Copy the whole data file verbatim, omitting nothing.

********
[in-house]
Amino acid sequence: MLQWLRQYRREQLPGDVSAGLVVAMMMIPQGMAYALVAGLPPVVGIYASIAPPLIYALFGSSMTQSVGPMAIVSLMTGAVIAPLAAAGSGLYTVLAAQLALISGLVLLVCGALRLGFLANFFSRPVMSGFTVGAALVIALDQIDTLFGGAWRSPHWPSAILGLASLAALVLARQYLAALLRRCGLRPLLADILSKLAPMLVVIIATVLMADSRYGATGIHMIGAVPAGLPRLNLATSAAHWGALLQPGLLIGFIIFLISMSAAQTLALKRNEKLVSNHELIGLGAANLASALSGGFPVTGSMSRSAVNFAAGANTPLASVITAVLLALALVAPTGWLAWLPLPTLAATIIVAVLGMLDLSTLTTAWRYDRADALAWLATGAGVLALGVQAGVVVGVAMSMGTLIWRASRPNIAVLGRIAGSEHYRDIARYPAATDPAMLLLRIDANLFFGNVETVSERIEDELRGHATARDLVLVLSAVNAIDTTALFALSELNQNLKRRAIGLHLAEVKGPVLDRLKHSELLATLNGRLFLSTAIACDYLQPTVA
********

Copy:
[in-house]
Amino acid sequence: MLQWLRQYRREQLPGDVSAGLVVAMMMIPQGMAYALVAGLPPVVGIYASIAPPLIYALFGSSMTQSVGPMAIVSLMTGAVIAPLAAAGSGLYTVLAAQLALISGLVLLVCGALRLGFLANFFSRPVMSGFTVGAALVIALDQIDTLFGGAWRSPHWPSAILGLASLAALVLARQYLAALLRRCGLRPLLADILSKLAPMLVVIIATVLMADSRYGATGIHMIGAVPAGLPRLNLATSAAHWGALLQPGLLIGFIIFLISMSAAQTLALKRNEKLVSNHELIGLGAANLASALSGGFPVTGSMSRSAVNFAAGANTPLASVITAVLLALALVAPTGWLAWLPLPTLAATIIVAVLGMLDLSTLTTAWRYDRADALAWLATGAGVLALGVQAGVVVGVAMSMGTLIWRASRPNIAVLGRIAGSEHYRDIARYPAATDPAMLLLRIDANLFFGNVETVSERIEDELRGHATARDLVLVLSAVNAIDTTALFALSELNQNLKRRAIGLHLAEVKGPVLDRLKHSELLATLNGRLFLSTAIACDYLQPTVA